Unplug Tesla's autopilot mode, urges Consumer Reports

15 July 2016 | The US advocacy group is calling for changes to the self-driving mode on Tesla vehicles.

Fatal flaw?

Electric car company Tesla is being urged by Consumer Reports to revise its self-driving 'autopilot' mode after it was involved in a series of crashes.

Tesla's 'autopilot' feature uses camera radars and sensors to autonomously drive down a highway, engaging the blinker as it changes lanes and adjusting its driving speed in response to changing traffic. But the autonomous driving mode is being criticised by Consumer Reports for its inadequate branding and a lack of testing.

"We're deeply concerned that consumers are being sold a pile of promises about unproven technology," said Laura MacLeery, the vice president of consumer policies and mobilisation at Consumer Reports. "Consumers should never be guinea pigs for vehicle safety 'beta' programs."

The nonprofit, which has owned and tested three Teslas, condemned the lack of warning given to drivers when the autopilot mode switches over to manual control. 

When testing the 2016 Model X 90D on a straight road, the driver removed his hands from the steering wheel for more than three minutes before being given any warnings.

"'Autopilot' can't actually drive the car, yet it allows consumers to have their hands off the steering wheel for minutes at a time," said MacLeery. "Tesla should disable automatic steering in its cars until it updates the program to verify that the driver's hands are on the wheel."

Handoff hazard

Criticism has been aimed at the self-driving mode after it was involved in a fatal accident. Ohio resident Joshua Brown, 40, enabled the Autopilot mode of his Model S and subsequently collided with a tractor that was in front of him as it was making a left turn.

Tesla responded with a blog post, stating that "neither Autopilot nor the driver noticed the white side of the tractor trailer against a brightly lit sky, so the brake was not applied."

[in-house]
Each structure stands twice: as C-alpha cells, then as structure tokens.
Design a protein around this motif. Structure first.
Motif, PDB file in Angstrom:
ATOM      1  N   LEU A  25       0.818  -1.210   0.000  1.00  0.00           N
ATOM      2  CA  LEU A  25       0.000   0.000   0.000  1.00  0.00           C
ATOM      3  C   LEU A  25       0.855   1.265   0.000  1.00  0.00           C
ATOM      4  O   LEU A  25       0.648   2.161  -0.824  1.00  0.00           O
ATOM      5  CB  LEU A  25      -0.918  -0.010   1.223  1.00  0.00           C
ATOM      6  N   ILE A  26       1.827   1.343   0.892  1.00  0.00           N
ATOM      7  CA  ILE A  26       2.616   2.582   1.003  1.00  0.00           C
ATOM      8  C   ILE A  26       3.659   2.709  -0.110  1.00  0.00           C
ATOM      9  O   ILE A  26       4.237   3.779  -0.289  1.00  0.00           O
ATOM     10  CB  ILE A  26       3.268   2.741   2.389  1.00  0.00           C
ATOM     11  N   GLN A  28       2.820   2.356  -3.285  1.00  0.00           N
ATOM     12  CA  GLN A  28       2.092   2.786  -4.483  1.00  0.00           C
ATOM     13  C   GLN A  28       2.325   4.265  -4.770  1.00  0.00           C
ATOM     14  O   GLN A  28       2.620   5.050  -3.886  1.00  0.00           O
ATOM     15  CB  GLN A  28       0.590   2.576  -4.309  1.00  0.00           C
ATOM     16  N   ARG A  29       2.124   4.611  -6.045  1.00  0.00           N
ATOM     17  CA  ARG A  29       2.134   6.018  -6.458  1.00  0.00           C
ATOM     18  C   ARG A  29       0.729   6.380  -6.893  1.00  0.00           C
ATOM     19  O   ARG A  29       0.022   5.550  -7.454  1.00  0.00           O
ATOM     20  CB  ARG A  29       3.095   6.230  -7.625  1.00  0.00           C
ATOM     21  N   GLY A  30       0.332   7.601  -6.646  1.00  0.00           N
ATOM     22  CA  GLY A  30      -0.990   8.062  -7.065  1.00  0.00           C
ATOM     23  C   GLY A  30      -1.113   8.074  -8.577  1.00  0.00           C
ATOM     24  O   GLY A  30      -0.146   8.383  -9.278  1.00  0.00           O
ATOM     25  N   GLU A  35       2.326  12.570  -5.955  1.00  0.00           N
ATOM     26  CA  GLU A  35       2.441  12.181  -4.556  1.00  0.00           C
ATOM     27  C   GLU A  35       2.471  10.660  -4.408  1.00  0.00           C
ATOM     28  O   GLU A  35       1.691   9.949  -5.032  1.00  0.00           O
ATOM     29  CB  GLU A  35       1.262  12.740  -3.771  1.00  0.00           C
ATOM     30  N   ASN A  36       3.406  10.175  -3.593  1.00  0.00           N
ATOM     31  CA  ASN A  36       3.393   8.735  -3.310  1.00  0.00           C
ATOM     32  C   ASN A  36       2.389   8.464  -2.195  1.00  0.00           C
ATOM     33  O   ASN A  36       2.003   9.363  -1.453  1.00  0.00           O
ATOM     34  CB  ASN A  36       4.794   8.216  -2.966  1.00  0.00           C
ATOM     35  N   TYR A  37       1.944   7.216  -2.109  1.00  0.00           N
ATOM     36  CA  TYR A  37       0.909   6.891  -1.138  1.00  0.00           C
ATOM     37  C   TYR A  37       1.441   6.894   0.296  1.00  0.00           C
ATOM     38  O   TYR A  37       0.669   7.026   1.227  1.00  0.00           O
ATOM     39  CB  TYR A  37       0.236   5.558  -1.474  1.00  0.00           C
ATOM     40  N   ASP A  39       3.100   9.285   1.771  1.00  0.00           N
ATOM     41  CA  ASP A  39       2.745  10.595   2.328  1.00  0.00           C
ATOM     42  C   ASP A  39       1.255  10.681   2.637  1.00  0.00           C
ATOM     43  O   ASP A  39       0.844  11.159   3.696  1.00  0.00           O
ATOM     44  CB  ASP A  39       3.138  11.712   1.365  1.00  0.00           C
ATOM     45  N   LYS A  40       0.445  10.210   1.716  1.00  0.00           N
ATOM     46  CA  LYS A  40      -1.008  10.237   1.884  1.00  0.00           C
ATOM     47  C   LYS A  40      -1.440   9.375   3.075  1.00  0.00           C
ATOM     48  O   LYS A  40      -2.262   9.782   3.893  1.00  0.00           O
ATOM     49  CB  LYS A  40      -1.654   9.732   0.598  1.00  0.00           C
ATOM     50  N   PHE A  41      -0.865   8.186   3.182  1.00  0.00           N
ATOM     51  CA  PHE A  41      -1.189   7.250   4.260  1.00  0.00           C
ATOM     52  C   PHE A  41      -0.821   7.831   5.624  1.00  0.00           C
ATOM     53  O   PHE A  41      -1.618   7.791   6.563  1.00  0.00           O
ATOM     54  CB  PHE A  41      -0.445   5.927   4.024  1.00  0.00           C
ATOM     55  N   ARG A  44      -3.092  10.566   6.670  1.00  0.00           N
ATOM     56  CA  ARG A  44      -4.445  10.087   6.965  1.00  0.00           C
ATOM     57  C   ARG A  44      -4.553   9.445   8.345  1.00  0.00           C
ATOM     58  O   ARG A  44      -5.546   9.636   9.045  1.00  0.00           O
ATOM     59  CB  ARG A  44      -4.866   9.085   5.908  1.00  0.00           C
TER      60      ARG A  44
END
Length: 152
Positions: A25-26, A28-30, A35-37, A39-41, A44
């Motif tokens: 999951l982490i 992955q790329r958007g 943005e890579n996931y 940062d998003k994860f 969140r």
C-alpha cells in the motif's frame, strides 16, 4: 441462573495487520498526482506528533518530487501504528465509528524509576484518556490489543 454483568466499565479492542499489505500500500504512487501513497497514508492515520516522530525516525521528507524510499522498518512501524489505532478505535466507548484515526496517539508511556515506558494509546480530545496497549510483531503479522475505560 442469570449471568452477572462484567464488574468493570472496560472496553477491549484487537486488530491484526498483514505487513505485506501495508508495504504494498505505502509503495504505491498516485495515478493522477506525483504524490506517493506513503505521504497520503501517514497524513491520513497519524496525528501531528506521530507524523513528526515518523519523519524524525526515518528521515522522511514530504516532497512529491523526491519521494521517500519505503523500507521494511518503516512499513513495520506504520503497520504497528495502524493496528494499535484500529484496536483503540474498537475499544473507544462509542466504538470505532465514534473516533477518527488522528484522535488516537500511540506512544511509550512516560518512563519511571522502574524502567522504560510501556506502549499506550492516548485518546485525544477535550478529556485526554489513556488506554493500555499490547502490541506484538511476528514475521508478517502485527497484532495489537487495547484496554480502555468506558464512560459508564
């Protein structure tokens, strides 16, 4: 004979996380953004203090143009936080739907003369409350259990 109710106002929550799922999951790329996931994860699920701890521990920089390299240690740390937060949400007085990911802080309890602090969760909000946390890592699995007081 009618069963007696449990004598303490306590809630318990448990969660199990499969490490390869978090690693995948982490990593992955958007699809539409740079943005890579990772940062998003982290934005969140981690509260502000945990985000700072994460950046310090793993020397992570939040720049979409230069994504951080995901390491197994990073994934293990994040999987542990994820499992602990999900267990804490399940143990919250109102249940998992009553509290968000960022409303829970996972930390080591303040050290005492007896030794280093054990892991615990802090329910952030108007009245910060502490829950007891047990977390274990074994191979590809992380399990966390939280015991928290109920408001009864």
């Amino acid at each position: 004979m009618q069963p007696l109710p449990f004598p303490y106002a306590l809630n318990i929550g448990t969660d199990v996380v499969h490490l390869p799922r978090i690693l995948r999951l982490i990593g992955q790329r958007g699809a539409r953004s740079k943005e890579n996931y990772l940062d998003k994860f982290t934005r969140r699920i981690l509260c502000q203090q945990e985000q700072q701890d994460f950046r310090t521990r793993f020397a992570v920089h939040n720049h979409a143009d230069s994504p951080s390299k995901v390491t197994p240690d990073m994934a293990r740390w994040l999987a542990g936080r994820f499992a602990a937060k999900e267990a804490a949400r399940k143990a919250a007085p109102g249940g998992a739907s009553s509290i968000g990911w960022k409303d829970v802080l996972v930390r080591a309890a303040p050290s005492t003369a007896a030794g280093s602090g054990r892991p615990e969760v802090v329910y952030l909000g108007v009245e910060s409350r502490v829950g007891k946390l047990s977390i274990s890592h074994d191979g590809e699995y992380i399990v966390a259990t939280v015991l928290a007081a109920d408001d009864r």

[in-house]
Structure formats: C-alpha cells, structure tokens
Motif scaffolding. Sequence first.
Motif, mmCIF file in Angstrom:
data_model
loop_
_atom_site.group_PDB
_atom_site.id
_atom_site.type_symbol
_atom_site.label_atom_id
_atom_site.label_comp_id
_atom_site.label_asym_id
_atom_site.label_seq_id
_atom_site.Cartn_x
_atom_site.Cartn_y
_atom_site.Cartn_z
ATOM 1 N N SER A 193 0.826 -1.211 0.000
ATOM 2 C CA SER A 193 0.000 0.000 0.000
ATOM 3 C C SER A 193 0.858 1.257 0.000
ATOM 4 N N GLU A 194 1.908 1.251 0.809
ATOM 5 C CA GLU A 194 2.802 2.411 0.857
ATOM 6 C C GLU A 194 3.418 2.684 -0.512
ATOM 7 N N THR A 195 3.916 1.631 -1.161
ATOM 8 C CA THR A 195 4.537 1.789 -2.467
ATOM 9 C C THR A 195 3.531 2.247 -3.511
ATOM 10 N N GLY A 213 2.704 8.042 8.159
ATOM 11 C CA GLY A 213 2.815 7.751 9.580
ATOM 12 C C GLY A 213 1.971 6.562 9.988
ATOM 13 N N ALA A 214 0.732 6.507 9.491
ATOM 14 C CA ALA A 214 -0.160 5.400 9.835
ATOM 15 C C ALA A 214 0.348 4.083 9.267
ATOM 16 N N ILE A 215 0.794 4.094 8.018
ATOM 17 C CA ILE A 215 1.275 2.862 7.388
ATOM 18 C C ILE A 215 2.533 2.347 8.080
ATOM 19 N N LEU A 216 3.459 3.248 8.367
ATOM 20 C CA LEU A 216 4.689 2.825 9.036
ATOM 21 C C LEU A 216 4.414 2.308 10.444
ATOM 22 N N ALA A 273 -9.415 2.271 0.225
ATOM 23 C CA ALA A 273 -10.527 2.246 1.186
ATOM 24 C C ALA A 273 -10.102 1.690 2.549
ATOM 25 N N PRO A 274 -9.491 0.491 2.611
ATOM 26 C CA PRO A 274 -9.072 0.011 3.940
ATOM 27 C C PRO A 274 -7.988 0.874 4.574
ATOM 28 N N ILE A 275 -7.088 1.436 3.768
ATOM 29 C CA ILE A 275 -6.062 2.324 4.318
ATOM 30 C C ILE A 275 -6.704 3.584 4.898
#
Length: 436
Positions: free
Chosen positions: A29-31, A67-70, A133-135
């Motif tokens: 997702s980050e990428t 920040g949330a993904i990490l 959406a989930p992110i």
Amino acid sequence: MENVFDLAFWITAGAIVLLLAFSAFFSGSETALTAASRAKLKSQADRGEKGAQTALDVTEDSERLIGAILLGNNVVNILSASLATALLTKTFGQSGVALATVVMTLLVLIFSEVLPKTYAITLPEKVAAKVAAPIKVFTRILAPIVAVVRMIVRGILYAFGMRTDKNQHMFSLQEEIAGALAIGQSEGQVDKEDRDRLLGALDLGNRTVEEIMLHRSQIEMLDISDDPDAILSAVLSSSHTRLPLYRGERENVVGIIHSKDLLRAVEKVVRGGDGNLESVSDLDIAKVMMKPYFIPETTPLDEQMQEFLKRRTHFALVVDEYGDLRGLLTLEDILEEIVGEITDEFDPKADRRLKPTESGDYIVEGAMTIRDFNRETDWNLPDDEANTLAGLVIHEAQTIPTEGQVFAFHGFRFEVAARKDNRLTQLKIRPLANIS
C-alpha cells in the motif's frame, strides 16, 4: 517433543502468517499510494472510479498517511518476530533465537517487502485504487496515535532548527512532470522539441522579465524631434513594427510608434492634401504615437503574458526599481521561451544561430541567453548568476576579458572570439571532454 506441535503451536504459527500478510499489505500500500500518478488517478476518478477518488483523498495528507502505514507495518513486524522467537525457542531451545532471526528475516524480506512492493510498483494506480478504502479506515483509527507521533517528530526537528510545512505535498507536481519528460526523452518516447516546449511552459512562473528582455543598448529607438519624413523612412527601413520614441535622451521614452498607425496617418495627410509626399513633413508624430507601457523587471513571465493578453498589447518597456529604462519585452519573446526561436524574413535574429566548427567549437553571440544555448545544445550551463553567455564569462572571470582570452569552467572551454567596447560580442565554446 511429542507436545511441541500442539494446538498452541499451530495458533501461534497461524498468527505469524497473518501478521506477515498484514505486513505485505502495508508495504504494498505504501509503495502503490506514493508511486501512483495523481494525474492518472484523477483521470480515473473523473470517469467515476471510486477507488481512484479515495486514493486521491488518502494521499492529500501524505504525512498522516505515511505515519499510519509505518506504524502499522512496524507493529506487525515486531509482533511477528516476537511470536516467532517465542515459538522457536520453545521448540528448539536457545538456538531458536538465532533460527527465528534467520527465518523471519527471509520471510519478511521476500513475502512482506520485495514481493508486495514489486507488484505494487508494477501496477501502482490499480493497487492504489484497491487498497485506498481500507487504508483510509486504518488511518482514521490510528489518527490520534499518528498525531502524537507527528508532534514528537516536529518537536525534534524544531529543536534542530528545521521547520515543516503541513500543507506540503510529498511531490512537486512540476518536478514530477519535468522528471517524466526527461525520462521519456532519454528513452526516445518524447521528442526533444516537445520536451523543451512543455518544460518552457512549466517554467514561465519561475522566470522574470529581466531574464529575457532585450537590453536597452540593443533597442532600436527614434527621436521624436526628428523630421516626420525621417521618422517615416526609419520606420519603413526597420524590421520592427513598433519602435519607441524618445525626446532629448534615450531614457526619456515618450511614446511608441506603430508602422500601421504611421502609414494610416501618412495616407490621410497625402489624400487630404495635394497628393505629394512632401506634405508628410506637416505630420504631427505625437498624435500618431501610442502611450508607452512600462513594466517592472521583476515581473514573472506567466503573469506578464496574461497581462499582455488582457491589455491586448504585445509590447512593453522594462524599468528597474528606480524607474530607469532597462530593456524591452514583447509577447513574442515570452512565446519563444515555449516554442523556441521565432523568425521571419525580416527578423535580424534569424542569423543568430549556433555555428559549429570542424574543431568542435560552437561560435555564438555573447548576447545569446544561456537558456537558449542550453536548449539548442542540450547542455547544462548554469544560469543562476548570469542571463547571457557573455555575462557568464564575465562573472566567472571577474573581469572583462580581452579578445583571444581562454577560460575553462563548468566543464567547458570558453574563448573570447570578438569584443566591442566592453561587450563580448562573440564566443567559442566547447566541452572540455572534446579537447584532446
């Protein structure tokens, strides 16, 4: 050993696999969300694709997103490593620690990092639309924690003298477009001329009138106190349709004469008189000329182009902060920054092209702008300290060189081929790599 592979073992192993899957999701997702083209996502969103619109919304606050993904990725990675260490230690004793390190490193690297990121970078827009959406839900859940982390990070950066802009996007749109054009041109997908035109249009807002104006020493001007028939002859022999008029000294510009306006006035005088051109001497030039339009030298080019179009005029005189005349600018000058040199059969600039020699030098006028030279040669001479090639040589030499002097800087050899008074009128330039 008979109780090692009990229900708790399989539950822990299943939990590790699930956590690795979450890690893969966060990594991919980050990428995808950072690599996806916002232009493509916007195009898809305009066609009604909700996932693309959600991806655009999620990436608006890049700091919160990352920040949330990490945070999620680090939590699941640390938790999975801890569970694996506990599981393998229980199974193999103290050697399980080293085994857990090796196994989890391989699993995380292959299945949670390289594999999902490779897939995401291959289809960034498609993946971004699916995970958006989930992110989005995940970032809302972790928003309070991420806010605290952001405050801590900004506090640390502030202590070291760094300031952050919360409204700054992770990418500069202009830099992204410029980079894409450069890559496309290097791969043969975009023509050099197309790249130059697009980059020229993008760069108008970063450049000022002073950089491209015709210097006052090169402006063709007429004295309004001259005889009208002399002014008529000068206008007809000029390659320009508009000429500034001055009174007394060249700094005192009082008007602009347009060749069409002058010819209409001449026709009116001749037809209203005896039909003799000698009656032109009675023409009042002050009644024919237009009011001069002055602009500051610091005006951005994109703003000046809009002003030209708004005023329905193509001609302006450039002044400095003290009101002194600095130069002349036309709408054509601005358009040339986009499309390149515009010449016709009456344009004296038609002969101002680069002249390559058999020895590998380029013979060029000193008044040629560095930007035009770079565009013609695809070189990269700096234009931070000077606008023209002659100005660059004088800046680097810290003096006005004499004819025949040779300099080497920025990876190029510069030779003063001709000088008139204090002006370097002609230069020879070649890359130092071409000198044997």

Consumer Reports has cited the "handoff problem" in its argument that the technology is not ready for public use, as it takes time for people to reengage in tasks as sophisticated as driving after disengaging for a period. Google, which has been working on self-driving cars since 2009, and the US National Highway Traffic Safety Administration (NHTSA) have each published findings in support of the handoff problem.

Consumer Reports also noted the industry had to catch up to nascent self-driving technology: "Regulators urgently need to step up their oversight of cars with these active safety features. NHTSA should insist on expert, independent third-party testing and certification for these features, and issue mandatory safety standards to ensure that they operate safely."

Tesla deferred to the driving record of its autopilot feature in an email to consumer reports, before shrugging it off as speculation: "Tesla is constantly introducing enhancements, proven over millions of miles of internal testing, to ensure that drivers supported by Autopilot remain safer than those operating without assistance.

"While we appreciate well-meaning advice from any individual or group, we make our decisions on the basis of real-world data, not speculation by media."

The company stood by its record, claiming that "130 million miles have been driven on Autopilot, with one confirmed fatality".

Consumer Reports is publicly asking Tesla to:

  • Disable the autosteer feature until it requires drivers to keep their hands on the steering wheel
  • Stop referring to the system as 'Autopilot', which Consumer Reports considers misleading and potentially dangerous
  • Issue clearer guidance to owners on how the system should be used and its limitations
  • Test all safety-critical systems fully before public deployment (i.e. no more beta releases).